(1) joining the Berne Convention (Paris Act); (2) providing protection for sound recordings, including a right of reproduction, distribution (and importation), and a commercial rental right; (3) providing a point of attachment for foreign (U.S.) sound recordings and making best efforts to join the Geneva Phonograms Convention; (4) providing full retroactivity (per Article 18 of Berne); (5) protecting computer programs and databases (as "literary works" consistent with Berne, and now TRIPS); (6) providing adequate and effective protection and enforcement (which is understood to include deterrent civil and criminal penalties, as well as border measures); and, (7) establishing a working group with each country to monitor the continuing progress of copyright and other IP protection and enforcement.

            Armenia is not a member of the Berne Convention. In addition, Armenia is not providing any of the required protection and rights to U.S. or any other sound recordings, nor is Armenia a member of the Geneva Phonograms Convention — two obligations of the trade agreement. So, U.S. sound recordings are completely unprotected, more than six years after the bilateral trade agreement required such protection.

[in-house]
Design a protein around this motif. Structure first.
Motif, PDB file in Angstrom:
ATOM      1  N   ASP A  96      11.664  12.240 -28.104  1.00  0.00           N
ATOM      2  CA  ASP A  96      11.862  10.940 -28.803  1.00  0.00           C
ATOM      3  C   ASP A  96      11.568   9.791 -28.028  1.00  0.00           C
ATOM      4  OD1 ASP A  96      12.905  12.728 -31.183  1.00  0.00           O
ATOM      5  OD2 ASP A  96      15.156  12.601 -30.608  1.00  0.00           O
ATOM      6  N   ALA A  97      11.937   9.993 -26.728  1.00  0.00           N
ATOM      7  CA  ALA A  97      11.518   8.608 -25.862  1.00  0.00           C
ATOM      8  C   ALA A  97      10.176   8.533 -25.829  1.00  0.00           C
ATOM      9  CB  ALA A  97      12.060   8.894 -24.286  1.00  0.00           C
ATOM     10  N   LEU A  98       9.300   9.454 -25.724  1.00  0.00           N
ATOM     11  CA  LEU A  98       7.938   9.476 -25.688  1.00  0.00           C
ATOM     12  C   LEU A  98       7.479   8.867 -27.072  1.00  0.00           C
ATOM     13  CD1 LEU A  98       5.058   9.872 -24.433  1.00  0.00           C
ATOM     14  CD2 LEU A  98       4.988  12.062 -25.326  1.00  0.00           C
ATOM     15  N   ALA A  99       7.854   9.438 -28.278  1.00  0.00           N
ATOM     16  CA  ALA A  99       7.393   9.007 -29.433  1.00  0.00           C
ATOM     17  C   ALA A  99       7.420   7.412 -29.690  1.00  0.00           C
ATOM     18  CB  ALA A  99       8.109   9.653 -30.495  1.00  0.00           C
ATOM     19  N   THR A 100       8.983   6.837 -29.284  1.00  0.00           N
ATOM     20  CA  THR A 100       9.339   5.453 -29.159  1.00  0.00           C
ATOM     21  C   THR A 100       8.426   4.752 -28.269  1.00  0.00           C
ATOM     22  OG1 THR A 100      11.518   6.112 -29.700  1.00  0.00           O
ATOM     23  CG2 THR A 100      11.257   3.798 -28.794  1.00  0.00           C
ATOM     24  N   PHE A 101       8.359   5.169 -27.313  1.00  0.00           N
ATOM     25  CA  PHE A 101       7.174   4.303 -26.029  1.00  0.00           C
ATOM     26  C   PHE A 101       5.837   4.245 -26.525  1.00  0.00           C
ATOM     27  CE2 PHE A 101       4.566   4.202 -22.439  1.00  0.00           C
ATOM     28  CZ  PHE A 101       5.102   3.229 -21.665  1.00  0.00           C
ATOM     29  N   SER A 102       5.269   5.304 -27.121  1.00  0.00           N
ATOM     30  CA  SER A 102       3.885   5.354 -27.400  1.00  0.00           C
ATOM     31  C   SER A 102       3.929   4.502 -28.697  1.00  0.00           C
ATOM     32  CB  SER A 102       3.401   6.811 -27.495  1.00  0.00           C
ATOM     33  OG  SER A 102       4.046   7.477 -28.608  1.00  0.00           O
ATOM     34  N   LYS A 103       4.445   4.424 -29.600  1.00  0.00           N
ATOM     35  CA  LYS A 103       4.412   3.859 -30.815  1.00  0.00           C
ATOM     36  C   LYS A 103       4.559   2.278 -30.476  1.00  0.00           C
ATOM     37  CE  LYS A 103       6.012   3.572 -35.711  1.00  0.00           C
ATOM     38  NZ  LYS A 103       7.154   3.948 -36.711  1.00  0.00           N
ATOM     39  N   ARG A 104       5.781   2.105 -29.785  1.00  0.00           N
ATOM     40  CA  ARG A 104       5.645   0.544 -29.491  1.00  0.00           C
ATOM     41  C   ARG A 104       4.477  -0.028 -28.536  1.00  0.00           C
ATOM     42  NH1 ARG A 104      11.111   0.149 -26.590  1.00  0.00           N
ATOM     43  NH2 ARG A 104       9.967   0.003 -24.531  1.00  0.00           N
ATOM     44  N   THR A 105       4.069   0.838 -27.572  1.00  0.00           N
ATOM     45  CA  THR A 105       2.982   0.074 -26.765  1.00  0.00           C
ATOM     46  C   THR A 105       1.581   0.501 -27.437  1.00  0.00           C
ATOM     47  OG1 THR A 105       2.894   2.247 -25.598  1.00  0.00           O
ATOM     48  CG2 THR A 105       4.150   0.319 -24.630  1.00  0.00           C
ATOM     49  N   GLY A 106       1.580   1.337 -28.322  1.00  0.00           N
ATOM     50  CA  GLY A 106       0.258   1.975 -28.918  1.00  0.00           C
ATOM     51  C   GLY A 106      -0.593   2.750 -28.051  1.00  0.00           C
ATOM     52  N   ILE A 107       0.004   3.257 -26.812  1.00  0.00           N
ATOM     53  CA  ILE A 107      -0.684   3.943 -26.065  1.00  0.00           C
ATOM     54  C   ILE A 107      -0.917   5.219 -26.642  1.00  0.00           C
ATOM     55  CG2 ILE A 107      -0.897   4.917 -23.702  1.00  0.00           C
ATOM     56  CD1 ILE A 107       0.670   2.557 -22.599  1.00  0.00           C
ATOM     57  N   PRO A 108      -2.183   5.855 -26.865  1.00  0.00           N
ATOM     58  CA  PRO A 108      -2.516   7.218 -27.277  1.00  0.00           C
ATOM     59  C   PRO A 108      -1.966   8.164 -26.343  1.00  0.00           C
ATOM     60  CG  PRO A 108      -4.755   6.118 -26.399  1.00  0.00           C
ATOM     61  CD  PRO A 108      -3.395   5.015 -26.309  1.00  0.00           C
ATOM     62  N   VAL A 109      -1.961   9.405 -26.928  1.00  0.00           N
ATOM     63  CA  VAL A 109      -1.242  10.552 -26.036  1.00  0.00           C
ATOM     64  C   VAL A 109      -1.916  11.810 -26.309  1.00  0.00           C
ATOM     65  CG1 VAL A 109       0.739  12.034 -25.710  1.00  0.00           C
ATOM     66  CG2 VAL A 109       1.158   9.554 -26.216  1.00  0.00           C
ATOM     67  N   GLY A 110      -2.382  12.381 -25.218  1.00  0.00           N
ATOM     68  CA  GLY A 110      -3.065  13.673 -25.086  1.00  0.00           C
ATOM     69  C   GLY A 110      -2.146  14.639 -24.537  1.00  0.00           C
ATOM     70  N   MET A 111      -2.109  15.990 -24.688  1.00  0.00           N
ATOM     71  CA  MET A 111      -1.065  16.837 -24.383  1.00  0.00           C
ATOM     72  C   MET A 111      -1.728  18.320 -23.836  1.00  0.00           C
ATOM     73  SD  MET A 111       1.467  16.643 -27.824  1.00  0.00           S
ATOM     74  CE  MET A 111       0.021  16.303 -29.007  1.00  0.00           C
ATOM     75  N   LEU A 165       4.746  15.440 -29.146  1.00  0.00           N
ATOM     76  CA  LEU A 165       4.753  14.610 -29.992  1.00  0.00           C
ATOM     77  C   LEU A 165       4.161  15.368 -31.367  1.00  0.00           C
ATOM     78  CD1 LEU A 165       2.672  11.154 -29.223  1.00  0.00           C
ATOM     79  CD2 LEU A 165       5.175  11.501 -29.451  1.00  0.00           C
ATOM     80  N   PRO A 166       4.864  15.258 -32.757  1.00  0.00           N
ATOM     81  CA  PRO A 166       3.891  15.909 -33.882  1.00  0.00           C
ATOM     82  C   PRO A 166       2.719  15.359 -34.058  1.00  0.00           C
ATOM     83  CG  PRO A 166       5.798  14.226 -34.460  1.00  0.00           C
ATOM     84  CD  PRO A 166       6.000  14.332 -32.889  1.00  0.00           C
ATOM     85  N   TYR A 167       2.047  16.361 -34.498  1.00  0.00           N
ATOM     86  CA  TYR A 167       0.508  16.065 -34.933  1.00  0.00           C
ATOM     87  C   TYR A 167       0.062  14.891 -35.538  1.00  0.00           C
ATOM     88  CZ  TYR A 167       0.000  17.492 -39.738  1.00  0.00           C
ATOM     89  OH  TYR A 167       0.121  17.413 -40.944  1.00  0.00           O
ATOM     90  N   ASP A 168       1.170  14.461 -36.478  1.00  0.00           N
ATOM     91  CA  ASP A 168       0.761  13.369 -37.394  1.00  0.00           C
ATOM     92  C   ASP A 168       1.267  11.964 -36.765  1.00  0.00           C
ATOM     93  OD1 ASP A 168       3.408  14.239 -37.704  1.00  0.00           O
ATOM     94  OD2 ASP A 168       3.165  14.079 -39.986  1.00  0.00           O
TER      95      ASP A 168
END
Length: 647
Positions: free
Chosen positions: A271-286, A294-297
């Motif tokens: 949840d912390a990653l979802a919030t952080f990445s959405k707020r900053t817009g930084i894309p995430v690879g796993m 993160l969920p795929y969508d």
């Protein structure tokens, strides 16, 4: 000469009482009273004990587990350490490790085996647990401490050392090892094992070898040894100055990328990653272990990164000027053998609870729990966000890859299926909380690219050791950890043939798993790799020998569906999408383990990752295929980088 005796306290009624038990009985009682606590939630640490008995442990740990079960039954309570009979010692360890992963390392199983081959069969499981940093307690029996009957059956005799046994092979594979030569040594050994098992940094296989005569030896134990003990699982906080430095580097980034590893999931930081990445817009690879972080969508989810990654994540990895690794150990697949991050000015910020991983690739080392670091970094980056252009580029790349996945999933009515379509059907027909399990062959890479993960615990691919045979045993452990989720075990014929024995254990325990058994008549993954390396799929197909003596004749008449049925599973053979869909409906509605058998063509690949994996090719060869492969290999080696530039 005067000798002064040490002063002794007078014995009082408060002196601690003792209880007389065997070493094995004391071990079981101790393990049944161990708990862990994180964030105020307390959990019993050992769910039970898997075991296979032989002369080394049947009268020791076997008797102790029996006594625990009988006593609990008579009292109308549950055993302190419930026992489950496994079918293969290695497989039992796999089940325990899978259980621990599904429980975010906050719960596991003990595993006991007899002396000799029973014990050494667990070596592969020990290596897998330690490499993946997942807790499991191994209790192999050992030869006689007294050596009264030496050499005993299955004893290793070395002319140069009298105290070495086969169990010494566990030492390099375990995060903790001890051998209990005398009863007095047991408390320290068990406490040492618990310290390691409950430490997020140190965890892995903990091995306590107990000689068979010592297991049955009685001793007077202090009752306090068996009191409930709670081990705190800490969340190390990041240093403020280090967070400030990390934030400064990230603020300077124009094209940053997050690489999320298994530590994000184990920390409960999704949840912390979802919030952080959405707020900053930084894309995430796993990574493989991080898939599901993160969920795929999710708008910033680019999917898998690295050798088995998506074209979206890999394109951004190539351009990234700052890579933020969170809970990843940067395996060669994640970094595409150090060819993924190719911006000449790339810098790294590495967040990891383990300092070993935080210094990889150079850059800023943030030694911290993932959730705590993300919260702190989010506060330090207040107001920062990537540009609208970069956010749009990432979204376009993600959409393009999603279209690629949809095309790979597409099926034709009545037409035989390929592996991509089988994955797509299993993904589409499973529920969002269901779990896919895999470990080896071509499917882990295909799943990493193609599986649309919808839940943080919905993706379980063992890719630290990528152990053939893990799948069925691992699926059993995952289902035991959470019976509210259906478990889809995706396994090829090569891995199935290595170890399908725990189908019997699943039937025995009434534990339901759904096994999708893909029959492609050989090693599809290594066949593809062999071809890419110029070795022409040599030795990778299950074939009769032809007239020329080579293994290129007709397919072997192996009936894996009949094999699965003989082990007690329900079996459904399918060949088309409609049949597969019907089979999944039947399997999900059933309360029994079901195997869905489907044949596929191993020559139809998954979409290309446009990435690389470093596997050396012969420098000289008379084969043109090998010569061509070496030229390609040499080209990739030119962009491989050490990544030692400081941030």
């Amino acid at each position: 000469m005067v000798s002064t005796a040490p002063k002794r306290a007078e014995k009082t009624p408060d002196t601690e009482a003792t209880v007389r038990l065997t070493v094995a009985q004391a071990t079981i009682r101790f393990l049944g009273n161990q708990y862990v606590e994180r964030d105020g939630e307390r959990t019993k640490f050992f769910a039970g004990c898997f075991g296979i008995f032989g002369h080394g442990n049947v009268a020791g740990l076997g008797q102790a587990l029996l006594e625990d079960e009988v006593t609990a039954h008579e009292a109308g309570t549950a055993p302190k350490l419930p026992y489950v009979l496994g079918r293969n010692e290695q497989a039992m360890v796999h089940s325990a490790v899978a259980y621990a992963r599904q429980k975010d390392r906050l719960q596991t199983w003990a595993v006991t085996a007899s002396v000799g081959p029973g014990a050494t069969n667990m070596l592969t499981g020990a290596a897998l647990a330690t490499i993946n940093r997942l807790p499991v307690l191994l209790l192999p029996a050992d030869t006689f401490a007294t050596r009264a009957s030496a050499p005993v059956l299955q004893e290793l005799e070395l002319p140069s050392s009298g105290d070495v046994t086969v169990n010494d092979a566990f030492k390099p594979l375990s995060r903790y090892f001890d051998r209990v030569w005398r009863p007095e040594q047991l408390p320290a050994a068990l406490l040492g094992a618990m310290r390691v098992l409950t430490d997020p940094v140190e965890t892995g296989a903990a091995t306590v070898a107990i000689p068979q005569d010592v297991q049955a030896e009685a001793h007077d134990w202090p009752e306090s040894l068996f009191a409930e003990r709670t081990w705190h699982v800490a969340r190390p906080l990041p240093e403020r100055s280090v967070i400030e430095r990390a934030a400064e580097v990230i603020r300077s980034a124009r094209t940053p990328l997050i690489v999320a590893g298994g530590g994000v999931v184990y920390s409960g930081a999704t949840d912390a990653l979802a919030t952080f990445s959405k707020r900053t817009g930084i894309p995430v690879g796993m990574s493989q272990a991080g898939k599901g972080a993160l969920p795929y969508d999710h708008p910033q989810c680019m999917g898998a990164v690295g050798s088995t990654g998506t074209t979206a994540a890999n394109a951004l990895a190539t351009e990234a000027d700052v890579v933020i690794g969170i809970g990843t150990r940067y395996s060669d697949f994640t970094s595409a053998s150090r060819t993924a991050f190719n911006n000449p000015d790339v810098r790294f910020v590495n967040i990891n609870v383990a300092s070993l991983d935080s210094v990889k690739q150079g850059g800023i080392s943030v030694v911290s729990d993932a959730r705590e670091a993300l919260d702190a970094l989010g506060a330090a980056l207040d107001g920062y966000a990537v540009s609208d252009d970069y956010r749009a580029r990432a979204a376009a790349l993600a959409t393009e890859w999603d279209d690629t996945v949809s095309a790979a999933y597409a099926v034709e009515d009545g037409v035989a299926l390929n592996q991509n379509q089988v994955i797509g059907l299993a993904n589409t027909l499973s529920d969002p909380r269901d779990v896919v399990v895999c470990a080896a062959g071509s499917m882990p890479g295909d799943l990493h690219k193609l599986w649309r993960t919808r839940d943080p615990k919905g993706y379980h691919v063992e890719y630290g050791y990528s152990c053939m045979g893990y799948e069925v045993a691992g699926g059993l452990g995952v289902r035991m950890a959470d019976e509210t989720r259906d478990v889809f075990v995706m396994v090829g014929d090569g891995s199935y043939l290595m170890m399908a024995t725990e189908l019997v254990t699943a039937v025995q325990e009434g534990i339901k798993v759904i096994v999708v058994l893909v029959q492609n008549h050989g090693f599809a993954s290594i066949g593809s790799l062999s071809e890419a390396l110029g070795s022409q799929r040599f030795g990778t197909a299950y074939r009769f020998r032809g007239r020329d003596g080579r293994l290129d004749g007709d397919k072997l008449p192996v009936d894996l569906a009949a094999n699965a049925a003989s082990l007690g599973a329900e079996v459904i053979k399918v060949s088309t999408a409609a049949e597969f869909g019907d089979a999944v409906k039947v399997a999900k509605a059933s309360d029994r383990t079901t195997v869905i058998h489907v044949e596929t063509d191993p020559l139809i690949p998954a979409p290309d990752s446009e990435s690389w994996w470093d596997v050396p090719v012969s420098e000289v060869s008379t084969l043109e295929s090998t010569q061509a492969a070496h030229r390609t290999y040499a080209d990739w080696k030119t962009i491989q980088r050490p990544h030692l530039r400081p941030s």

Armenia does not clearly provide retroactive protection for works or sound recordings as required by the clear obligation in its bilateral trade agreement, as well as by Berne (Article 18), national treatment obligations, and the TRIPS Agreement (Article 14.6 for sound recordings and Article 9 for works). Armenia must clearly provide retroactive protection for works and sound recordings to meet these obligations.


            Armenia is providing legal protection in the statute, though no actual enforcement, for computer programs and databases as required under the bilateral trade agreement.